The digitised system, obviously more efficient and work-friendly, depends on a barcode system. Each book has a specific barcode which is tracked using a library system software. And each library card has been transformed into an online profile maintained within this system. Some library systems track borrowed books, availability of academic papers and other documents, monthly subscribed magazines and other publications via open source software developed for the purpose. Libraries now provide internet services as well,not to mention free wifi to anyone who enters the building. In addition facilities include a digital library, where they maintain copies of most of the publications and documents available for perusal in the library.  

The old membership cards at the Kotahena Public Library, which are waiting to be discarded. Photo credit: Roar Media/ Kris Thomas

According to Ailapperuma, not all libraries have gone digital. While the Colombo Public Library and a handful of libraries including the public libraries in Jaffna and Kandy provide these services, most other rural libraries are unable to go digital due to the lack of funding.

Even branch libraries as the one in Kotahena have trouble going digital. It is yet to introduce a digital library to its members and it was only in 2017 they successfully automated the library system. Their one computer that is allocated for public usage is of the old generation with an ethernet internet connection. “It’s barely used,” Fernando noted. “And the first floor of the building, where the multimedia section is placed, doesn’t have proper ventilation. So it gets really warm during noon.”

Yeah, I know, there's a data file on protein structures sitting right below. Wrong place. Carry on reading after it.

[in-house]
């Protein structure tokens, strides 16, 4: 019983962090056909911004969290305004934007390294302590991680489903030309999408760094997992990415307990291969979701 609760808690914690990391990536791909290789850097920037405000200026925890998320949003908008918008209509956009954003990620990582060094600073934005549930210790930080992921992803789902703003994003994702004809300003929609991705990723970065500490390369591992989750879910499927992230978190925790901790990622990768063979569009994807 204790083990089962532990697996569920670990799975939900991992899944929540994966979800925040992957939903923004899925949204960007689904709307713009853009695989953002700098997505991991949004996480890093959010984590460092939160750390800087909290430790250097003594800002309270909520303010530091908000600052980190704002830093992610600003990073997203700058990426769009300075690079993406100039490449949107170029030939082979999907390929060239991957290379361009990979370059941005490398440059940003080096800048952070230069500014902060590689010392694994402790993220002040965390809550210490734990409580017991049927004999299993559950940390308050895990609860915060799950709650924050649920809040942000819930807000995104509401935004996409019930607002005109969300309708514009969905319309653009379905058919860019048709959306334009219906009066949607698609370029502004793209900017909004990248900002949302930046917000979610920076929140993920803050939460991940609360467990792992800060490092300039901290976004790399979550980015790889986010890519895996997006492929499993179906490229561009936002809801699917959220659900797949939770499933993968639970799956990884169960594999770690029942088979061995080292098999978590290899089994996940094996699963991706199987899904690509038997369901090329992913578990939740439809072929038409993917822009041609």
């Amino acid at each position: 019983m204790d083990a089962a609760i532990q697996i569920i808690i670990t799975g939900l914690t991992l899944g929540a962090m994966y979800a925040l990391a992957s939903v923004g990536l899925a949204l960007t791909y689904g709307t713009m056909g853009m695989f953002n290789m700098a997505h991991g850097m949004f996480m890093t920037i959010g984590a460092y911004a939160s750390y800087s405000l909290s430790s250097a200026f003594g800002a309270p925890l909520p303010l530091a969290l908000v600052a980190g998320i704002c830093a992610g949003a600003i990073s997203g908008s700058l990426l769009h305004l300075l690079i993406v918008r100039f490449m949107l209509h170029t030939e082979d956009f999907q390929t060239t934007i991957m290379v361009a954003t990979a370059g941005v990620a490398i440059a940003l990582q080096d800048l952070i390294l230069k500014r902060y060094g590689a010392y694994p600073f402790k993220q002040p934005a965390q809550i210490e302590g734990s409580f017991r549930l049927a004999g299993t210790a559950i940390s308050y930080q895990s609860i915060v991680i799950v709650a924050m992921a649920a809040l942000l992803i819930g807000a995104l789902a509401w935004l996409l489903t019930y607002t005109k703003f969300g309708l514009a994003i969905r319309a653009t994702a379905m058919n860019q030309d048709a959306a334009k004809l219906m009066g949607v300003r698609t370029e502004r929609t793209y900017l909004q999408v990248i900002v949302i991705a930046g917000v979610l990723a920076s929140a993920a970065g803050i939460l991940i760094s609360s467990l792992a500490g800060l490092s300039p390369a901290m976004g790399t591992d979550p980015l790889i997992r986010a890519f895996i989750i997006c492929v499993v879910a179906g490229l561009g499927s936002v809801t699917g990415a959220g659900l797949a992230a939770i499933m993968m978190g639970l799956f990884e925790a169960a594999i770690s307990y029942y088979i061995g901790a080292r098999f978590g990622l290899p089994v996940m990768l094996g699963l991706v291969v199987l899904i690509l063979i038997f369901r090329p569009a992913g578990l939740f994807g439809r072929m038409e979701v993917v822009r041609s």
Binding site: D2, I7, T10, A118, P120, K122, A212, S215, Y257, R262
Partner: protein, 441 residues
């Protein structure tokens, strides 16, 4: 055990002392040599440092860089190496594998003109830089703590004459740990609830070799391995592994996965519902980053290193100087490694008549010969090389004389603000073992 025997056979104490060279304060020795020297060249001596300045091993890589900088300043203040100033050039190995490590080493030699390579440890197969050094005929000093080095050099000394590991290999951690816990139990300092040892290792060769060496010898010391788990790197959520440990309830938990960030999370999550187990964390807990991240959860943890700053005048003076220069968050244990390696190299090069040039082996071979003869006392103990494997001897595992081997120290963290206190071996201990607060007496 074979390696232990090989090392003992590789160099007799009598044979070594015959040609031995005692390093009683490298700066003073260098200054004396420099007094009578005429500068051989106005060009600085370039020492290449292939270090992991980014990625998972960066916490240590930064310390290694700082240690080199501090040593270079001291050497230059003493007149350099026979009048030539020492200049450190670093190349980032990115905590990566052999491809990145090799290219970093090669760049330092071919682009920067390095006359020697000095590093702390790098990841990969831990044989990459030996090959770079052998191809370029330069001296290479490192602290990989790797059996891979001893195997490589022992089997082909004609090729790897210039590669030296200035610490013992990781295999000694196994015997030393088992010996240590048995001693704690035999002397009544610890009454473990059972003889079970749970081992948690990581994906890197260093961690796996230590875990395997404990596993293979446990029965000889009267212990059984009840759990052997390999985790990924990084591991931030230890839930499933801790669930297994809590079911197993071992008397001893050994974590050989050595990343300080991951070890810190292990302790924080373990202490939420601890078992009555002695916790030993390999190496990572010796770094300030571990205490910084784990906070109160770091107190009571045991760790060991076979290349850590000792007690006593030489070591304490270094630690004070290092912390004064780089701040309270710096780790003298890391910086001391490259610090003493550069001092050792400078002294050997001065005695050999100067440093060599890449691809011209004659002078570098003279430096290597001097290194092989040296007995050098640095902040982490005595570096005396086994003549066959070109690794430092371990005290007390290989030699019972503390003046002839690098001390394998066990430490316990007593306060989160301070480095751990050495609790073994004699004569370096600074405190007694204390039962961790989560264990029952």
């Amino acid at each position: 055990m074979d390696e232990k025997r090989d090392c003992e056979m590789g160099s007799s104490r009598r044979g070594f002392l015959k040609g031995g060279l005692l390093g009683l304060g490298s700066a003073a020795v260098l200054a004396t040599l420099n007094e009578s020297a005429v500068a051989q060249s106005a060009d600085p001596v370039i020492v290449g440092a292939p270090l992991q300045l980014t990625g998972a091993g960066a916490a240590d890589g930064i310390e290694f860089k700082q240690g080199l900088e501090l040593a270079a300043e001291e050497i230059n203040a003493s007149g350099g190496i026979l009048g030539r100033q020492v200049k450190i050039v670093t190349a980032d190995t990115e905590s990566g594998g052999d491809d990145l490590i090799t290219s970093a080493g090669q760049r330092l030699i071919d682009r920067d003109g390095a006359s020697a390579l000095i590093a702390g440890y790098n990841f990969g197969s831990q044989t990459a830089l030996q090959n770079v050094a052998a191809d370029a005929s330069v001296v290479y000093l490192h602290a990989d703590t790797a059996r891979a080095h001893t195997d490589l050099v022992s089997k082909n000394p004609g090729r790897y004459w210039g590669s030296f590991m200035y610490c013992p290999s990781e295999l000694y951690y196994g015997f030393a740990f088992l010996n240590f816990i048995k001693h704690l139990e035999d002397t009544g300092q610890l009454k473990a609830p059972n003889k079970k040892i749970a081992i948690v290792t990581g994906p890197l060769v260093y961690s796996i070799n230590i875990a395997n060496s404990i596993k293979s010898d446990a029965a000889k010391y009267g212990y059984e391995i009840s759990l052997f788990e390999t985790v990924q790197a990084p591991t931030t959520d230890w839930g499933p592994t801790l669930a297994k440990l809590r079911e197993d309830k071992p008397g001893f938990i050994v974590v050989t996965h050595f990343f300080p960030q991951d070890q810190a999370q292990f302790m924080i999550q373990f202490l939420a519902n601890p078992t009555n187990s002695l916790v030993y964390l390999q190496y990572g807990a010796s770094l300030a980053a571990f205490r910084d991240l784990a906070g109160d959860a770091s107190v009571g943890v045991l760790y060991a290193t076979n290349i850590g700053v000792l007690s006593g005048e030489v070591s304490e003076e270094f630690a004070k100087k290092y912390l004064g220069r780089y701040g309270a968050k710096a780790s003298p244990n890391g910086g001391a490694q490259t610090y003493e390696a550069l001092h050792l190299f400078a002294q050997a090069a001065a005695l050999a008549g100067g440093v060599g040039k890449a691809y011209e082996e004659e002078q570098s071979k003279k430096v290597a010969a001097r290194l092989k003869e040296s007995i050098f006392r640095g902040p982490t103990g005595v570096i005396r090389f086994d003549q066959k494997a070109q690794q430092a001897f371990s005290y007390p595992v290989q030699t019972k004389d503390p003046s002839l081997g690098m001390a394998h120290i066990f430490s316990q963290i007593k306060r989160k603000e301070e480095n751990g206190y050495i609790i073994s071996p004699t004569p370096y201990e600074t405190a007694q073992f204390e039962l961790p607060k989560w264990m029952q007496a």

Yet the situation is not bleak as obtaining funds from their local governments. Institutions such as the Information and Communication Technology Agency and the Open University—which has developed Koha, the library database software, utilised by a majority of libraries across the island—are in the works of providing the necessary infrastructure that is essential for digitisation of libraries.

Unlike the Colombo Public Library which boasts a membership count of 175,000 since the inception of the library, with 25,000 active members, the Kotahena Public Library has only 2,500 members. The membership fee, for all public libraries, remain the same.  Authorities are yet to realise that there is potential in attracting more members for disadvantaged libraries through at least miniscule change in the membership fee. The income can go towards the development of the library, eventually making all libraries self sustainable, instead of having to depend on their respective local governments.

“Almost all of these members are active with their membership,” Fernando commented. “They borrow books. Students refer to the library and study from morning till the library closes in the evening. Around 700 children’s accounts are maintained and they show up daily after school. We always try to have a monthly event to increase popularity and pique public interest.”

The Colombo Public library gets 20-30 new members daily. According to Ailapperuma, public interest in the library will never diminish any time soon. “Even though there’s insufficient funding, lack of proper employees and other issues, libraries will never cease to exist in the country. Individuals who have used a library, at least set foot into one, know the value of a library and the service it does.”

Related Articles